In July the European Central Bank welcomed the decision brought forward by 16 European banks to launch The European Payments Initiative, a pan-European payment scheme. Although the solution aims to unify the currently fragmented landscape, Marius Galdikas, CEO at ConnectPay, points out it does raise a few red-flags concerning potential partnership and competition issues.
In July 16 Eurozone banks from five countries—Belgium, France, Germany, the Netherlands, and Spain—presented the idea of a unified payment solution for consumers and merchants across Europe – the European Payments Initiative (EPI).
The EPI aims to create a unified payment solution for consumers and merchants across Europe, encompassing a payment card and a digital wallet and covering in-store, online and person-to-person payments as well as cash withdrawals.
Already described as a “timely initiative”, it aims to decrease existing market fragmentation, as well as increase Europe’s independence in the global payments market. Although the idea got a warm welcome from the regulatory authorities, Marius Galdikas, CEO at ConnectPay, draws attention to a few two-fold nuances on the subject that ought to be more discussed more thoroughly before the solution is fully operational.
In 2019, the European Central Bank report outlined that for the past two decades, various market players have striven for payments’ unity across Europe. With the launch of the Single Euro Payments Area (SEPA) initiative, there has been significant progress concerning credit transfers and debit debits, however, the harmonization of card payments is still falling behind. To top it off, at the moment there are 10 European countries that still do not accept cards from other EU member states.
Currently, the pan-European access of national card schemes are dependent on international card schemes, such as Visa or Mastercard. This has led European PSPs to have little impact on the market’s further development. The EPI could provide long-sought-after sovereignty from the industry’s predominant players, as well as give payment providers more control over the questions of cost, competition, and governance.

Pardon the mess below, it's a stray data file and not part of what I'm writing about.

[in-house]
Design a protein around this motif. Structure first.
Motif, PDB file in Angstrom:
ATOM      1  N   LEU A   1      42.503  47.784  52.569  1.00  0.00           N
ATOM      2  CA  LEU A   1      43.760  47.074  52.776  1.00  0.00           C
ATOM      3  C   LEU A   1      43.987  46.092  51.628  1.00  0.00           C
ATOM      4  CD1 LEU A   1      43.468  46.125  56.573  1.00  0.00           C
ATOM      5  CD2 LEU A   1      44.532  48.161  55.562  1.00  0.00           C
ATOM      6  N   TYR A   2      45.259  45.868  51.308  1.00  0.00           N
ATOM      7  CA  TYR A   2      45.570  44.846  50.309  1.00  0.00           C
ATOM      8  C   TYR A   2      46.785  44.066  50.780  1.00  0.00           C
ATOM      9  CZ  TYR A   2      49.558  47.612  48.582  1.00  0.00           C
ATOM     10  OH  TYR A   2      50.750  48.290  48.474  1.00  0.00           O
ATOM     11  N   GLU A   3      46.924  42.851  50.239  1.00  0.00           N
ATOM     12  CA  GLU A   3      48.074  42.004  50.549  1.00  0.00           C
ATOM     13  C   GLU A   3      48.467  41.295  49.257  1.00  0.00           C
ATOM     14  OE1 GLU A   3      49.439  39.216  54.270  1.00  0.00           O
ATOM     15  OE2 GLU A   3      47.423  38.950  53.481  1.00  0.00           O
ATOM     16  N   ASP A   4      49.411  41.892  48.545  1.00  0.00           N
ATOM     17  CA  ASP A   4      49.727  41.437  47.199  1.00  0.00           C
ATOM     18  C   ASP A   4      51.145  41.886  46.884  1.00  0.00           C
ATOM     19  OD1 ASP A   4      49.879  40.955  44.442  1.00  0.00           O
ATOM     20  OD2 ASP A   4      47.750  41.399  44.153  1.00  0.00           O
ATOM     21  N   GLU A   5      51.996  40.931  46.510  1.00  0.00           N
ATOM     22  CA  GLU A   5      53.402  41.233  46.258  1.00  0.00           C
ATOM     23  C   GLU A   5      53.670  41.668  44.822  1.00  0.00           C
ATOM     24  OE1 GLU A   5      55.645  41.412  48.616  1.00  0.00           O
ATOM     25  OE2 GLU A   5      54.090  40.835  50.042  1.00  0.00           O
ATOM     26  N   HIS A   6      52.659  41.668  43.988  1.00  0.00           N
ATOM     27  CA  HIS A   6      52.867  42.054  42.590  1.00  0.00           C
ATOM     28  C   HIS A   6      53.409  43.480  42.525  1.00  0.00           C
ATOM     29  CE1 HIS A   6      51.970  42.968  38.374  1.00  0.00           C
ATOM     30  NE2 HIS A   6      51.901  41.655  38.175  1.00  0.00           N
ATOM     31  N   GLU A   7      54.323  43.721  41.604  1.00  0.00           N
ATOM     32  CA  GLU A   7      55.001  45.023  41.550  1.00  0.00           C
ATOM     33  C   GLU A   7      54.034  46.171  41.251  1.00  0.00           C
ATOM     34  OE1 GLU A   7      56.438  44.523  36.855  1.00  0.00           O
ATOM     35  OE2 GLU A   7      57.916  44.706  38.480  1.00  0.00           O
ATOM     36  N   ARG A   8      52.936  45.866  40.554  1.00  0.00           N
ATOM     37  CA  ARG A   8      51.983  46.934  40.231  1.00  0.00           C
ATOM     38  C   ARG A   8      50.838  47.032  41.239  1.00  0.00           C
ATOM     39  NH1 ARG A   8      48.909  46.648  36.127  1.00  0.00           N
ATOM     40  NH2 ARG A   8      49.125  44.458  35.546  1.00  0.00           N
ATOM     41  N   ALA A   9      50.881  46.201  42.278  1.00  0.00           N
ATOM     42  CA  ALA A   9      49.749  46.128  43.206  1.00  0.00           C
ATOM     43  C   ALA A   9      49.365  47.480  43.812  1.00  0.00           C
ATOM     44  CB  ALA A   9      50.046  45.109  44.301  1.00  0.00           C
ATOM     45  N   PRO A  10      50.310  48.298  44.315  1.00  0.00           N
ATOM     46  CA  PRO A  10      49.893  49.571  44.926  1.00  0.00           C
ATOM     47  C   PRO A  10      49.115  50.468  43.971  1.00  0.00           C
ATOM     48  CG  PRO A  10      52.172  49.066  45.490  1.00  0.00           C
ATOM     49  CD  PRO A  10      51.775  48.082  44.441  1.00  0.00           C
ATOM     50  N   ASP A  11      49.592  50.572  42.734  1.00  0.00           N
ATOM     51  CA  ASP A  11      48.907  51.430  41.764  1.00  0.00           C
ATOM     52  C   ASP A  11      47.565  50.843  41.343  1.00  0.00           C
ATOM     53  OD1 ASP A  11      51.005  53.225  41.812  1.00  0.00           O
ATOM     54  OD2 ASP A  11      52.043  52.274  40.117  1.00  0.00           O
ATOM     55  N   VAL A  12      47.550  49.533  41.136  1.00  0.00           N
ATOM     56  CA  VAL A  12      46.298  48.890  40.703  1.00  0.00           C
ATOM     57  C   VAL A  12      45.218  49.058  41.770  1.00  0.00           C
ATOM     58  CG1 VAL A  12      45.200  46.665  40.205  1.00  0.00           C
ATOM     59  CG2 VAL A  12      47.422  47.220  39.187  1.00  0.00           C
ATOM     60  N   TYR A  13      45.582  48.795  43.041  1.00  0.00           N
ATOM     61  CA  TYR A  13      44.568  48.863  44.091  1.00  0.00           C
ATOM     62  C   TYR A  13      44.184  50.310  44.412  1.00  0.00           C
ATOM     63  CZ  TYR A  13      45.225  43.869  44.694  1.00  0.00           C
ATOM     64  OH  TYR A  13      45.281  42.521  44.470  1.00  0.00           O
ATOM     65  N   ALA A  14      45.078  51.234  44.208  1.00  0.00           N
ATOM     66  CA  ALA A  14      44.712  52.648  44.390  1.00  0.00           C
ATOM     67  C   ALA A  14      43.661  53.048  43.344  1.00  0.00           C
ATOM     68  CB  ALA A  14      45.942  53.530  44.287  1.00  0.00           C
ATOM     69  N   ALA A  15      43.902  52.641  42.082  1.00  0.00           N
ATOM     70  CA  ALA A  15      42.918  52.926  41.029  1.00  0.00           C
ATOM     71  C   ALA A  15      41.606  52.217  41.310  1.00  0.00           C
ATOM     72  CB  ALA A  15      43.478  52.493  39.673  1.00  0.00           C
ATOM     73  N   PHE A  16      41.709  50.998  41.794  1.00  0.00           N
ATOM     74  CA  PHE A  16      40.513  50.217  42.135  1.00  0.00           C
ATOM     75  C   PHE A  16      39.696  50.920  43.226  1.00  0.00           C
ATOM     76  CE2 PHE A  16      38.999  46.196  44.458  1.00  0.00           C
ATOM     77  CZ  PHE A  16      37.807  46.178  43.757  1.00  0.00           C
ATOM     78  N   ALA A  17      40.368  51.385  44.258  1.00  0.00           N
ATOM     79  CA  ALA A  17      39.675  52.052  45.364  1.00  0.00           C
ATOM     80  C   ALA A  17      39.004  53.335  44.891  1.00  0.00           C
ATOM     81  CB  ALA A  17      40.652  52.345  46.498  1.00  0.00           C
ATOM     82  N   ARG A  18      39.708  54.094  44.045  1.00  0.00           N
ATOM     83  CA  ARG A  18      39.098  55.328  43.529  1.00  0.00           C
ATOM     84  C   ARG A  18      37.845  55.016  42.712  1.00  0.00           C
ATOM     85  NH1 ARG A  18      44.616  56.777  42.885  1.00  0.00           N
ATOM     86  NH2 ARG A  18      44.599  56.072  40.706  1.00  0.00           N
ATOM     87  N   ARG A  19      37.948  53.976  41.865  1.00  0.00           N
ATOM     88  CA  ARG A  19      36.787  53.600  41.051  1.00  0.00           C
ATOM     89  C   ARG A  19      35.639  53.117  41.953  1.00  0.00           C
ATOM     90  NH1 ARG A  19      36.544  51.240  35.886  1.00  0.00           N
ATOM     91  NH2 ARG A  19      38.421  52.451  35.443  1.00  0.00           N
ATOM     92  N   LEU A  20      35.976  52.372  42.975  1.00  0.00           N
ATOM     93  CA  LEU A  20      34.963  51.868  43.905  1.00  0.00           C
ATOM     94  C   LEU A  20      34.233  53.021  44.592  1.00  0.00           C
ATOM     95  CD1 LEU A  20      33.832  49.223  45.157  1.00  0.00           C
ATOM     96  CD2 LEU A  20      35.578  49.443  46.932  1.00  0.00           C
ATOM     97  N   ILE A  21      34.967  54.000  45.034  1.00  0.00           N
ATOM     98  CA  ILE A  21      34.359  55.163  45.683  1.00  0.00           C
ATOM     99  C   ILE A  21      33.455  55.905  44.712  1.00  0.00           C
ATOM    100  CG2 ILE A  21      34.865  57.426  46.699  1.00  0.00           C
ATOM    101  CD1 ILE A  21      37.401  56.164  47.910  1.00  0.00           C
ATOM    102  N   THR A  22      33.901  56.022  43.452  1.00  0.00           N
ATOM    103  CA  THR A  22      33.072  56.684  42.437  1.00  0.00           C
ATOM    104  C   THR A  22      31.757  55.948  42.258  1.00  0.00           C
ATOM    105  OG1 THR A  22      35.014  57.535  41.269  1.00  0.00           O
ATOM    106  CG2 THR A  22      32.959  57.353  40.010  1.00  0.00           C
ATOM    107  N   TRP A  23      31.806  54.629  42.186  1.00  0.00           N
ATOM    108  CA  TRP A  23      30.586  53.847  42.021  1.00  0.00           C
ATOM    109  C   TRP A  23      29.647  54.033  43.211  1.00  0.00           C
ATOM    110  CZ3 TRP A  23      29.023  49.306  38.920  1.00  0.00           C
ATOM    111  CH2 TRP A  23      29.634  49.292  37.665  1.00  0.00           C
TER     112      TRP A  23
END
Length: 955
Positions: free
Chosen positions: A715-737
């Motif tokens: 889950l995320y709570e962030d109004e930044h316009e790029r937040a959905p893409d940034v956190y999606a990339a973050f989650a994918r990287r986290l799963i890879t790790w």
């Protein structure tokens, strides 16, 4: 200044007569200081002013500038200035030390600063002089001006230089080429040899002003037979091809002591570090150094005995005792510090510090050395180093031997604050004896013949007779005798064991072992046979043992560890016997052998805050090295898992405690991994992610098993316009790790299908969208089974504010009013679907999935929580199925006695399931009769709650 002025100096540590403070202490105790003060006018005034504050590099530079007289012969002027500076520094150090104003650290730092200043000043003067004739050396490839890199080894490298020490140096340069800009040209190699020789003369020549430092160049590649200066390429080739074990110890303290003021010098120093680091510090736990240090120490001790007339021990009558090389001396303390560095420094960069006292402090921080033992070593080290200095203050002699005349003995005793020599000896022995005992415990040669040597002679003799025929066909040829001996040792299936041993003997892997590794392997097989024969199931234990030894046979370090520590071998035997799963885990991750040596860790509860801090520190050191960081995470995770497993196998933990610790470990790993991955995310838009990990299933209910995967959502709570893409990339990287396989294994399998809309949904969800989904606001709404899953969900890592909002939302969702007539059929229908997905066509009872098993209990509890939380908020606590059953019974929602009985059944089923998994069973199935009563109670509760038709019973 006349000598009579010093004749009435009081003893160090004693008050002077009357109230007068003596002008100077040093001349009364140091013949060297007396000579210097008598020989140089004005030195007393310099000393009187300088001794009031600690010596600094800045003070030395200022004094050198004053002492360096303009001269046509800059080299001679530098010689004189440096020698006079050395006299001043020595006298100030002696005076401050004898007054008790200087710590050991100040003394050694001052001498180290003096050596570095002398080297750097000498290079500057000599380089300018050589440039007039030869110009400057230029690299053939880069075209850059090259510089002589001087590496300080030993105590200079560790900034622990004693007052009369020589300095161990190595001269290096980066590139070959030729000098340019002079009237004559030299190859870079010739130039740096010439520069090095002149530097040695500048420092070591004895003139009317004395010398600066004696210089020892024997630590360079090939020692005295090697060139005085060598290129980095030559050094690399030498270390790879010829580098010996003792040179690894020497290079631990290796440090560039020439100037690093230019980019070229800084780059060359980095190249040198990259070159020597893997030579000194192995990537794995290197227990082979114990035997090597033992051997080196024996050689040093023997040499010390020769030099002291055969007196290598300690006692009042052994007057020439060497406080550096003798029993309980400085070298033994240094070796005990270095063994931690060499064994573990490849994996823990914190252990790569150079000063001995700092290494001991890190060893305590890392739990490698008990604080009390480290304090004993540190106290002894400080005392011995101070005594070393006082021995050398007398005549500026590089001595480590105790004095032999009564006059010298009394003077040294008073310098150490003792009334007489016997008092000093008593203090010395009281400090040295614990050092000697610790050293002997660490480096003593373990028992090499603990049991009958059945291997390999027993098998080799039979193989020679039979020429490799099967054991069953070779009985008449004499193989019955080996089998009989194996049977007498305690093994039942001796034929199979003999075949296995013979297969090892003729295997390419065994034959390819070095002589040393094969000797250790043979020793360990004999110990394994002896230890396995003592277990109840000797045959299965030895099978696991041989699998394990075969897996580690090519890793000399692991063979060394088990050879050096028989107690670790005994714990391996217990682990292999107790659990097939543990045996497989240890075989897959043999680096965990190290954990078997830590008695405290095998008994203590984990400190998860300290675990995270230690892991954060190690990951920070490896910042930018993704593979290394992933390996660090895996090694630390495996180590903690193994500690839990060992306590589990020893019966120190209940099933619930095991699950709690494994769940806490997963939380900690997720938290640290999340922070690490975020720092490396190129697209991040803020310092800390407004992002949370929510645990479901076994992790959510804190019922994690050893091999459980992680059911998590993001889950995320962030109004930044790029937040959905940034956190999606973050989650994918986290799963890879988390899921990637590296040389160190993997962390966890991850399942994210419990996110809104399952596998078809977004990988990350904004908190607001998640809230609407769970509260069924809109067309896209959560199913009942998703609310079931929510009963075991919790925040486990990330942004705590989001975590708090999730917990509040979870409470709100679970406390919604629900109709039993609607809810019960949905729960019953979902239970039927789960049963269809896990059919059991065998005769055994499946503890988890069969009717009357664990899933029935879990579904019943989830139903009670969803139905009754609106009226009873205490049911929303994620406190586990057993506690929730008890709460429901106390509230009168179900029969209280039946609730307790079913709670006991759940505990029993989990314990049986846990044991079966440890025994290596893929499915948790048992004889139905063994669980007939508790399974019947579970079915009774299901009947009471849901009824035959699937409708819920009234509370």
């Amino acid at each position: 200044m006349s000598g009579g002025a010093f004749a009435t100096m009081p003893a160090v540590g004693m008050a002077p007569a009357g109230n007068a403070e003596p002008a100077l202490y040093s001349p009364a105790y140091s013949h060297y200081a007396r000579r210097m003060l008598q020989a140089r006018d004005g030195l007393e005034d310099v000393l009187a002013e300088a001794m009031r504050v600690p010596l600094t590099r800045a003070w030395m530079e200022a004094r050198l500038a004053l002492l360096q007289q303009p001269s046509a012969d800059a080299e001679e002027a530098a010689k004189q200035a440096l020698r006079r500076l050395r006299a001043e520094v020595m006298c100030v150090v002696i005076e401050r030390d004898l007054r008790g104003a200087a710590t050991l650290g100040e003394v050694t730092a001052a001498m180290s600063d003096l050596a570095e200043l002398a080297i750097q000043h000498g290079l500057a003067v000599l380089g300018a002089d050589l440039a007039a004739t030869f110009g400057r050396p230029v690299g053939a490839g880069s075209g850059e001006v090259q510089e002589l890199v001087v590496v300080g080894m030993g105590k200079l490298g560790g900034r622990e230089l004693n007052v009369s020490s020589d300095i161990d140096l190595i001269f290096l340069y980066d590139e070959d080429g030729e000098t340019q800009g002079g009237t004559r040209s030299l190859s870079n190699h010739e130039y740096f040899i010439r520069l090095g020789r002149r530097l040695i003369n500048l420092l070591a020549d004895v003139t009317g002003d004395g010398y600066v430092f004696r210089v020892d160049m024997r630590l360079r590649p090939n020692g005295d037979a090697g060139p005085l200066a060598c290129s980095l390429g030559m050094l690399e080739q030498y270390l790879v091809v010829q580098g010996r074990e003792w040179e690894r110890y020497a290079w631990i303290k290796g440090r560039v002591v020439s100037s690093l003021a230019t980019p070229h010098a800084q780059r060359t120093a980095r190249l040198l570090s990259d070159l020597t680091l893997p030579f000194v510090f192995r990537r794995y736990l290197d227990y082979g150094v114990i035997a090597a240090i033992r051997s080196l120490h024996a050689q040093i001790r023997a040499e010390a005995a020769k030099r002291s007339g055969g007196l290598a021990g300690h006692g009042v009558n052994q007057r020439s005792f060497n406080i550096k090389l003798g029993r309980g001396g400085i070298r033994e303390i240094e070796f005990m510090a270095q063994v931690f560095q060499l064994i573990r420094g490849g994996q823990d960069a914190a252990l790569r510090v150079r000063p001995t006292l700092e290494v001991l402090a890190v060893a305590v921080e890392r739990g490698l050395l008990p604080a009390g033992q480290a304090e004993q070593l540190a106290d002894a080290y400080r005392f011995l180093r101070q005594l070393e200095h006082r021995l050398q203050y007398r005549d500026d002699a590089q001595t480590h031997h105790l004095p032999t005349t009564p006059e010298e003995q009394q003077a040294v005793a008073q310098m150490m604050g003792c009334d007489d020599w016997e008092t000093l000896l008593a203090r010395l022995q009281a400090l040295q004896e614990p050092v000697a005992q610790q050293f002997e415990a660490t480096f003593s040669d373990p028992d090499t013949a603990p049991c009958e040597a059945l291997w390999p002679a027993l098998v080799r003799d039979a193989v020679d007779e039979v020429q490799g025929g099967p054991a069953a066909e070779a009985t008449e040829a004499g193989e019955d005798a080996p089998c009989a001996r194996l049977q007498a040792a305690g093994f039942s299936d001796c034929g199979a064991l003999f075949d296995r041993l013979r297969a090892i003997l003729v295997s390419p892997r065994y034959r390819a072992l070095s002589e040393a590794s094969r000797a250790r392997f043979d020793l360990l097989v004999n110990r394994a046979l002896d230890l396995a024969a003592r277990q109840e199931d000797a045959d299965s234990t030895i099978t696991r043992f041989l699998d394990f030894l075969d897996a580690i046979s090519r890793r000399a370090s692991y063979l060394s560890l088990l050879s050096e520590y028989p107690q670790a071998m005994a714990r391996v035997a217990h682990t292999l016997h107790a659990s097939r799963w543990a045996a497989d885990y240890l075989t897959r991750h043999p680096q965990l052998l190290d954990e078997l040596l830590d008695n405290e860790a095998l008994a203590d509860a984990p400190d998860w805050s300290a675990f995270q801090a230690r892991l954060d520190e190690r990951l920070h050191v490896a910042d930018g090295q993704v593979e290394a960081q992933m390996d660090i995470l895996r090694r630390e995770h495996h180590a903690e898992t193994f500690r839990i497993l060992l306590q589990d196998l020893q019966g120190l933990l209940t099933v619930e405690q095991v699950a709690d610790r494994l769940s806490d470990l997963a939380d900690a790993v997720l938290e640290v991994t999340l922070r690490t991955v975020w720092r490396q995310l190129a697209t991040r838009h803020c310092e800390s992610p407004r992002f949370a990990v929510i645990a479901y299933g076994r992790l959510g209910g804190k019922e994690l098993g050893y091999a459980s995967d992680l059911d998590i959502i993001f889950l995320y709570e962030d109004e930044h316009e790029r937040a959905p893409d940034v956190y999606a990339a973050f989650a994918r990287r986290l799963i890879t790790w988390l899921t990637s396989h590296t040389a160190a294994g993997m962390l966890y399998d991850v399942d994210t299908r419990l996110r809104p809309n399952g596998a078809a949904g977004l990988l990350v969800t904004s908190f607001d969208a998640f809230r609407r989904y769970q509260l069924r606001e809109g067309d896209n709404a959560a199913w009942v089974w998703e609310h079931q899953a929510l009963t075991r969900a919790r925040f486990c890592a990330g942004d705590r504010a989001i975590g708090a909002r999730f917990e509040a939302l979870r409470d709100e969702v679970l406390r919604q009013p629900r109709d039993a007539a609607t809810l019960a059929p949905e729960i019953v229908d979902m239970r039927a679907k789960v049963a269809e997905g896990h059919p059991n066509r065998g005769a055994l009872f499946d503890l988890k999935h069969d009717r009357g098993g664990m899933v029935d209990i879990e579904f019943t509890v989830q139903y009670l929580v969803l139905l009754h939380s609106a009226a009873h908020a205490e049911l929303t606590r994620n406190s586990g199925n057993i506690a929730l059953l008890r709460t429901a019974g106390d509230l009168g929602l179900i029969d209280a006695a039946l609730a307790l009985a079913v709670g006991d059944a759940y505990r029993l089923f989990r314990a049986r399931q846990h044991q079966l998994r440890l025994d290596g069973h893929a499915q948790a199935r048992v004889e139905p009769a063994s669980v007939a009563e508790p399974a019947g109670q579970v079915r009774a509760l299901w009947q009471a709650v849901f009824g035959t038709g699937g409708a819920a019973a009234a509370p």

“Having a more tangible impact on Europe’s payment landscape would place the continent in a more established competitive stance and strengthen its resiliency against the influences of the currently predominant market players,” says Marius Galdikas, CEO at ConnectPay.
“At the same time, newly-obtained independence would come with a set of issues, which could heighten competitiveness among partner banks, for example, the question of interchange fees, as currently, even though capped by the IFR, they are set by Visa or Mastercard.”
Another aspect that needs to be thoroughly discussed is how new members will be welcomed into the EPI network. According to Galdikas, if the EPI successfully fulfils – or even surpasses – current expectations, its new-found value should pique the interest of other potential member states.
However, there are risks that they might impose unreasonable terms, to retain the associated value of the network to a close-knit circle. Thus it is important to ensure any governance-related matters remain closely monitored, especially after the initiative had been fully set in motion.
“It is vital to keep a close eye on any developments concerning governance to ensure transparency on-all-levels and that none of the companies are placed in a competitive disadvantage,” notes Galdikas.
“This would enable the initiative to sustain the robust groundwork that has been set in place and continue refining the initiative with a single uniting agenda – taking a major step forward in harmonizing the payments market.”
Initiating a widespread payment scheme at a European level has been long overdue. Although it brings its own set of challenges to deal with for all authorities involved in the oversight, the EPI paints quite a promising picture of the future: a unified and sovereign European payment landscape.
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